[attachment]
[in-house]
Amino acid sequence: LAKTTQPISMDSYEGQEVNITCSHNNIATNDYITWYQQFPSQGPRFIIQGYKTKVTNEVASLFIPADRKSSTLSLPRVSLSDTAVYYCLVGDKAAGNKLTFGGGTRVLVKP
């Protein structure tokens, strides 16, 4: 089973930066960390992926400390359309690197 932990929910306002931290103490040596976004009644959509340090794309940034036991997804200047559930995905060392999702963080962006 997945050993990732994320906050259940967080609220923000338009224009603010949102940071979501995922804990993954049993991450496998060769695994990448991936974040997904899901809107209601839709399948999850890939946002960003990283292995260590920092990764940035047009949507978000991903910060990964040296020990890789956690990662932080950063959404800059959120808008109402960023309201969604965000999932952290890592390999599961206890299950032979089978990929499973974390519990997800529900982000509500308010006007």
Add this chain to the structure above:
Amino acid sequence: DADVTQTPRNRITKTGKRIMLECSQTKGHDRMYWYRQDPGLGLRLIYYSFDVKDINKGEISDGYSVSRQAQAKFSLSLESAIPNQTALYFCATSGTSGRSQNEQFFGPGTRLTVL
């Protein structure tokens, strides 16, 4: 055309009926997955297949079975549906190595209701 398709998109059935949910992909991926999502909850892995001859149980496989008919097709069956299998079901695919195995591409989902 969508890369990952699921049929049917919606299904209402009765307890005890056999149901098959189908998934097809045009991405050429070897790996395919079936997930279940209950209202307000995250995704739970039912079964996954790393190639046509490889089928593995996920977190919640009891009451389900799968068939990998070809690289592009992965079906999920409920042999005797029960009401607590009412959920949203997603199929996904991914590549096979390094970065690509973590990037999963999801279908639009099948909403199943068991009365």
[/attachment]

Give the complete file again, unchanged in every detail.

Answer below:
[in-house]
Amino acid sequence: LAKTTQPISMDSYEGQEVNITCSHNNIATNDYITWYQQFPSQGPRFIIQGYKTKVTNEVASLFIPADRKSSTLSLPRVSLSDTAVYYCLVGDKAAGNKLTFGGGTRVLVKP
């Protein structure tokens, strides 16, 4: 089973930066960390992926400390359309690197 932990929910306002931290103490040596976004009644959509340090794309940034036991997804200047559930995905060392999702963080962006 997945050993990732994320906050259940967080609220923000338009224009603010949102940071979501995922804990993954049993991450496998060769695994990448991936974040997904899901809107209601839709399948999850890939946002960003990283292995260590920092990764940035047009949507978000991903910060990964040296020990890789956690990662932080950063959404800059959120808008109402960023309201969604965000999932952290890592390999599961206890299950032979089978990929499973974390519990997800529900982000509500308010006007």
Add this chain to the structure above:
Amino acid sequence: DADVTQTPRNRITKTGKRIMLECSQTKGHDRMYWYRQDPGLGLRLIYYSFDVKDINKGEISDGYSVSRQAQAKFSLSLESAIPNQTALYFCATSGTSGRSQNEQFFGPGTRLTVL
């Protein structure tokens, strides 16, 4: 055309009926997955297949079975549906190595209701 398709998109059935949910992909991926999502909850892995001859149980496989008919097709069956299998079901695919195995591409989902 969508890369990952699921049929049917919606299904209402009765307890005890056999149901098959189908998934097809045009991405050429070897790996395919079936997930279940209950209202307000995250995704739970039912079964996954790393190639046509490889089928593995996920977190919640009891009451389900799968068939990998070809690289592009992965079906999920409920042999005797029960009401607590009412959920949203997603199929996904991914590549096979390094970065690509973590990037999963999801279908639009099948909403199943068991009365």